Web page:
Wednesday, March 19, 2008

Should we look for a new soul mate, or try to rekindle our last fling?

We’re a little out of practice and our appearance is a little worn over the last few years, but if we’re up to it, Prince Rupert may just get back into that relationship scene.

The City of Prince Rupert has decided that it’s probably a good idea to jump aboard the Province of British Columbia’s twin communities initiative.

It’s a plan designed to help enhance trade and build up relationships between BC cities and towns and those in some of the Asian nations.

As it is, Prince Rupert already has one steady date, as the Port of Prince Rupert started the twinning process last year, sharing tme with the Port of Ningbo, China after the Fairview Port was reborn as a container terminal.

And the City of Prince Rupert itself has a few embers still looking to be stirred, a twin city relationship forged with Owase, Japan, back in the Lester years which we haven’t heard much about of late. A park the only reminder of the early days of relationship building. However, like any relationship that has tailed off over time, the question might be has absence made the heart of Owase grow fonder for us.

City staff has been tasked with the job of relationship consultants/managers/matchmakers, they’ll research the issue and report back to Council as to whether it’s the case of an old flame burned out with Owase, damaged beyond repair. Or if we'll just want to make a new start, which means we’ll have to hit the twinning single clubs and on line sites, maybe do up a YouTube video, all in search of a new beau.

Of course considering our current financial shortcomings, we'll probably have to ask for a little help on any dinner and dancing tabs and travel, well getting together often might be a problem. We'll be looking for a little understanding in our relationships I guess.

The Daily News had all the drama of relationships past and future in Tuesday’s paper.

Council urged to give birth to new twin city
By Leanne Ritchie
The Daily News
Tuesday, March 18, 2008

The city of Prince Rupert has agreed to participate in the province's Asia Pacific Twinning Relationship Initiative that will see communities in B.C. partner with city's in Asia in order to enhance and develop trade connections.

But council isn't entirely sure if they want a new twin or if they want to rebuild a relationship with the city's existing twin, Owase, Japan.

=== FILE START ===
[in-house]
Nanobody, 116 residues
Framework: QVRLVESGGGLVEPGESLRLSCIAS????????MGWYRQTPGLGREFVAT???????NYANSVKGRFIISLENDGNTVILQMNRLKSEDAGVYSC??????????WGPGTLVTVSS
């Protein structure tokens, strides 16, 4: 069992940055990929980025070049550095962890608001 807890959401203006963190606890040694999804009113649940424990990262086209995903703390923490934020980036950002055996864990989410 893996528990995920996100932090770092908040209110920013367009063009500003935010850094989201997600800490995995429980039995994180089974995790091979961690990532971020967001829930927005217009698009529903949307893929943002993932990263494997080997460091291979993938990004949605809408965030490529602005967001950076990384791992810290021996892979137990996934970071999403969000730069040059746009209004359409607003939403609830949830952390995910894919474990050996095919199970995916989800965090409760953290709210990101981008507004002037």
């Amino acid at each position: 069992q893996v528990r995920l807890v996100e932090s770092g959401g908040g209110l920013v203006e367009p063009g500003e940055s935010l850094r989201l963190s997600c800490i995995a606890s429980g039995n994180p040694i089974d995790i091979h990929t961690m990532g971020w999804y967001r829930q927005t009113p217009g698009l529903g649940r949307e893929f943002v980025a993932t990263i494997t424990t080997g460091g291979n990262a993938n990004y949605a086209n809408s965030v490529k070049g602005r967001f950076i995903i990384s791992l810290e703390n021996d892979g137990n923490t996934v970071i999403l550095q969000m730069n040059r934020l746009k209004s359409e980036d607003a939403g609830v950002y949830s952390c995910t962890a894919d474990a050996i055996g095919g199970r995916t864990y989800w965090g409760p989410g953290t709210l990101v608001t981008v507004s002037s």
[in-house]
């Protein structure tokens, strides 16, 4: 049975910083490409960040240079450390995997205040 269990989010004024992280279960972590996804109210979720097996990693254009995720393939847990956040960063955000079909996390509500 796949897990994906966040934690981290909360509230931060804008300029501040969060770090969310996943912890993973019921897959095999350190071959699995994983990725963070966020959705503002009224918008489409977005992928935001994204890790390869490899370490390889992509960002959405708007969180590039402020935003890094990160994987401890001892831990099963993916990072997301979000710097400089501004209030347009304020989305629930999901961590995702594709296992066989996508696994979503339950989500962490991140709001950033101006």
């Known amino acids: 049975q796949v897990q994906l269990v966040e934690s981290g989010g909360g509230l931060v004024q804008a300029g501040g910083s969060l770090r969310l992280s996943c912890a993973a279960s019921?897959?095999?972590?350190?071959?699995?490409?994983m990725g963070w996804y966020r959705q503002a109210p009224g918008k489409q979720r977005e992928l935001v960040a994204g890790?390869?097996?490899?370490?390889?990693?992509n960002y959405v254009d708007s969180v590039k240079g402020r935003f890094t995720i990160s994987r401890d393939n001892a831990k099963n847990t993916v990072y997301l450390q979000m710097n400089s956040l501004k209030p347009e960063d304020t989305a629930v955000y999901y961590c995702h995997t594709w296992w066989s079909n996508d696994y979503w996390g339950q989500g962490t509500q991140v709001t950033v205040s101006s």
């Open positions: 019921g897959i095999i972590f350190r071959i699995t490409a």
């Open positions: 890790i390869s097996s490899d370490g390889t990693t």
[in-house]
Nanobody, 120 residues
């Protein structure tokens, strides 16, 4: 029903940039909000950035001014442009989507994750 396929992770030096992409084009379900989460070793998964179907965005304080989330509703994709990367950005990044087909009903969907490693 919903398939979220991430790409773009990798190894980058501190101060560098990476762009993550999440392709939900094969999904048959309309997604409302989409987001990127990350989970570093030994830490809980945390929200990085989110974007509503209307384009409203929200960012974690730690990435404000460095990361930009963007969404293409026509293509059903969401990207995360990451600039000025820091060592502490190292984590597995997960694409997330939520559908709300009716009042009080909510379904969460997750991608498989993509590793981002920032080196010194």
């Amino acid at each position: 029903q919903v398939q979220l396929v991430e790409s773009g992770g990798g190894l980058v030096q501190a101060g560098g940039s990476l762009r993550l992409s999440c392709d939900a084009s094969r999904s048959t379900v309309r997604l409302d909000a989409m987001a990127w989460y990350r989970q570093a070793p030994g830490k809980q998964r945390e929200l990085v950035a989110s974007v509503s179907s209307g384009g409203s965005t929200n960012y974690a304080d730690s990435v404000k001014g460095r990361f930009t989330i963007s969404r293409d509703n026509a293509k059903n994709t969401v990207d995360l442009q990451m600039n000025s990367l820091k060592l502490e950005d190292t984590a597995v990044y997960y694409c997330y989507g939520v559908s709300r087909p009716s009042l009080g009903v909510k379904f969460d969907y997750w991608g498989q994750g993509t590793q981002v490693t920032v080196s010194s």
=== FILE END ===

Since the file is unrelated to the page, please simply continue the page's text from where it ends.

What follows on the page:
Doug Jay, the city's corporate administrator explained that the province, through the Ministry of Community Services, is making available a one-time grant of $50,000 to the city in order to develop a strategy for 2008-2009.

"The province is pledging support to assist in researching potential twinning cities and, if properly coordinated, could provide significant economic benefits to the city," said Doug Jay, the city's corporate administrator.

"As a port city, Prince Rupert is strategically positioned to become a focal point for commerce and trade between Asia and North America."

The city has had a twinning relationship with Owase, Japan, since 1962 and also has a relationship with Stephenville, Newfoundland.

Coun. Ken Cote said he would support the initiative, especially because there is no cost to the city.

However, Coun. Joy Thorkelson questioned whether a commitment by council would have the city facing the cost of airfare across the Pacific in the near future.

"We have all heard our mayor caution us before - what happens if we make a commitment and then all of a sudden we have to carry that commitment through," she said.

"We certainly can't budget $50,000 a year on our own for every year so how do we maintain the twinning relationship, if we can't maintain the twinning relationship because we can't afford to. Does that hurt us more than not having a twinning relationship?"

She described the city's current twinning relationships as "having them in name but not in game".

"I think we need to think about the political ramifications of stepping down on some poor city in China," she said. "Will their feelings be hurt by us not going over and doing the same things they get to do with us?"

However Gord Howie, chief administrative officer, said part of the grant money would allow the city to build those commitments into any relationship so there are clear expectations between all parties from the beginning.

In addition, new technology such as web conferencing could allow two cities a world apart to build a relationship without ever having to travel, he said.

Staff will report back on whether they suggest finding a new twin or if council should build ties with the existing twin.

The Port of Prince Rupert marked the beginning of a twinning relationship with the Port of Ningbo, China last September.

The agreement sees the two ports exchange economic and technical information, including information on development and construction, and they will promote the development of shipping opportunities between one another.

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